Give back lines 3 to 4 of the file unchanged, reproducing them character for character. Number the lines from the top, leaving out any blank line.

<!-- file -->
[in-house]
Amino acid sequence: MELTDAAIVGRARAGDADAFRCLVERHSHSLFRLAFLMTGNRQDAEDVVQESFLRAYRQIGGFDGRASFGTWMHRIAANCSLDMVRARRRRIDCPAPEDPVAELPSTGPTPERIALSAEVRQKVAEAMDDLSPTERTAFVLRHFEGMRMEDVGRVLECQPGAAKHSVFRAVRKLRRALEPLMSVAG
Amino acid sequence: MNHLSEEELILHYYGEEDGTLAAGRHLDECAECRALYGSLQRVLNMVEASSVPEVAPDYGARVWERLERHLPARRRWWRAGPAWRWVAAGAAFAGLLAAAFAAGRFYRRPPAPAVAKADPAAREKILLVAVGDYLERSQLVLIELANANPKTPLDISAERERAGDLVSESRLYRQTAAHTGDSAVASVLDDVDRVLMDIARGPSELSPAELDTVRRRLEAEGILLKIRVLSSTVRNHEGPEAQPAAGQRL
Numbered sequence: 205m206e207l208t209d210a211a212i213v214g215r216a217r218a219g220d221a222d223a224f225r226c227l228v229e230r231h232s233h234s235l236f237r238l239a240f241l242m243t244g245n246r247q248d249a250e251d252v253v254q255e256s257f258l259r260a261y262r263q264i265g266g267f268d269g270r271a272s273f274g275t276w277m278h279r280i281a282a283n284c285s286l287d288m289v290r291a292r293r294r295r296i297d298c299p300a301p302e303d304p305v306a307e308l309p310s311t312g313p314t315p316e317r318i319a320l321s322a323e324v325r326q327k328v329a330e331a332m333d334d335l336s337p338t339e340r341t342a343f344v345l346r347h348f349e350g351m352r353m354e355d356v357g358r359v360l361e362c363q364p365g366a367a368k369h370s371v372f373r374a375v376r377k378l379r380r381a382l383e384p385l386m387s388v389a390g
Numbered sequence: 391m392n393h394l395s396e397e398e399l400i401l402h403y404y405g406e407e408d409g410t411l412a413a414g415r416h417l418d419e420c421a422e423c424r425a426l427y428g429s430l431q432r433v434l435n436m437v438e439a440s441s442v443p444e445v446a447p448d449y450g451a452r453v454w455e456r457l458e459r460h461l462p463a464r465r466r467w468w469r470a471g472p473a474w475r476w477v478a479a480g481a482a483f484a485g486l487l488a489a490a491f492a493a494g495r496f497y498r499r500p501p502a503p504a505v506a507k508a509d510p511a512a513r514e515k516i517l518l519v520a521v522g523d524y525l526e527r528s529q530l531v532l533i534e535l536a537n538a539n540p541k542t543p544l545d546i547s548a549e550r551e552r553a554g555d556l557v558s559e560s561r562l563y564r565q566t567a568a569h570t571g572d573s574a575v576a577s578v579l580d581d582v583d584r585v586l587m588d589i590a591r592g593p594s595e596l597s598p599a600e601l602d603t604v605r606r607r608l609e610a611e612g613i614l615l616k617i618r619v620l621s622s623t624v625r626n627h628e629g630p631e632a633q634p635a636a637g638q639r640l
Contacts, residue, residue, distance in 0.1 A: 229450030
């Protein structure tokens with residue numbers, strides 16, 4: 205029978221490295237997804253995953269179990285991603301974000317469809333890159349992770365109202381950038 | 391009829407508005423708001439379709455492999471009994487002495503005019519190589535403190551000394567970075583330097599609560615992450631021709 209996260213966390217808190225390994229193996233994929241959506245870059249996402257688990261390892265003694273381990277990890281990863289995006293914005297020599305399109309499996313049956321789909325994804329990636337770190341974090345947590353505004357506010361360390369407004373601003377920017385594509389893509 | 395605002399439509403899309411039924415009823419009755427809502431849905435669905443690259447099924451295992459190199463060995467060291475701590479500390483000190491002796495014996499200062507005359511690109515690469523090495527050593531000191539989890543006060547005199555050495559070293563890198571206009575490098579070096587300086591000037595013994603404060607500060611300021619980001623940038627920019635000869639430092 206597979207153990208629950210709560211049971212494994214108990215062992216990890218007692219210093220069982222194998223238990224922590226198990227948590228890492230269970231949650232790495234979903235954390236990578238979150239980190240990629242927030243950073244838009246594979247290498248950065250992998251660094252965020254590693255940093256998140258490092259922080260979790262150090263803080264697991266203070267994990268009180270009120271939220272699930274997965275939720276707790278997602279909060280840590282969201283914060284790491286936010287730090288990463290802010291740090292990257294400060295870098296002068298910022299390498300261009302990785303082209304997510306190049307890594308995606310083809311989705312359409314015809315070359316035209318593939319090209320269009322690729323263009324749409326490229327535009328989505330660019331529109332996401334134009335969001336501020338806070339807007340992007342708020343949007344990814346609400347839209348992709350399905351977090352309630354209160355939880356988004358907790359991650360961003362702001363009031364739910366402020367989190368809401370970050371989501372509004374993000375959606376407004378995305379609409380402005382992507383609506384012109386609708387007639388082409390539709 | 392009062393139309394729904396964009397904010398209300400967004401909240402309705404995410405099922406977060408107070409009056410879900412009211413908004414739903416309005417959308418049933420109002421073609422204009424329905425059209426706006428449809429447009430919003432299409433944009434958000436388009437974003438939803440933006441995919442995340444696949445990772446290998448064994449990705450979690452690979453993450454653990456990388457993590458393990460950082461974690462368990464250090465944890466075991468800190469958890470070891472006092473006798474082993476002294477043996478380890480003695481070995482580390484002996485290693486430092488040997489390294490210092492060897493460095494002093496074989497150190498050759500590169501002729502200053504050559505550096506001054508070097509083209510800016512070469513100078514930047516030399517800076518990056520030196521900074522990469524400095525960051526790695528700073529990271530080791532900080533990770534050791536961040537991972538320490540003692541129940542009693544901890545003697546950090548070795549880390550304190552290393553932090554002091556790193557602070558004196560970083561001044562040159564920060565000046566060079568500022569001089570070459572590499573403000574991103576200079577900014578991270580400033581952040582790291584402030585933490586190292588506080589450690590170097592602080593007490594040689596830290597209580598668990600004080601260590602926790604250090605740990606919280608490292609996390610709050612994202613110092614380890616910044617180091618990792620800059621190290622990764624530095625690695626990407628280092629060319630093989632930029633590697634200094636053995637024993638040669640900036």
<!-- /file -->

Amino acid sequence: MNHLSEEELILHYYGEEDGTLAAGRHLDECAECRALYGSLQRVLNMVEASSVPEVAPDYGARVWERLERHLPARRRWWRAGPAWRWVAAGAAFAGLLAAAFAAGRFYRRPPAPAVAKADPAAREKILLVAVGDYLERSQLVLIELANANPKTPLDISAERERAGDLVSESRLYRQTAAHTGDSAVASVLDDVDRVLMDIARGPSELSPAELDTVRRRLEAEGILLKIRVLSSTVRNHEGPEAQPAAGQRL
Numbered sequence: 205m206e207l208t209d210a211a212i213v214g215r216a217r218a219g220d221a222d223a224f225r226c227l228v229e230r231h232s233h234s235l236f237r238l239a240f241l242m243t244g245n246r247q248d249a250e251d252v253v254q255e256s257f258l259r260a261y262r263q264i265g266g267f268d269g270r271a272s273f274g275t276w277m278h279r280i281a282a283n284c285s286l287d288m289v290r291a292r293r294r295r296i297d298c299p300a301p302e303d304p305v306a307e308l309p310s311t312g313p314t315p316e317r318i319a320l321s322a323e324v325r326q327k328v329a330e331a332m333d334d335l336s337p338t339e340r341t342a343f344v345l346r347h348f349e350g351m352r353m354e355d356v357g358r359v360l361e362c363q364p365g366a367a368k369h370s371v372f373r374a375v376r377k378l379r380r381a382l383e384p385l386m387s388v389a390g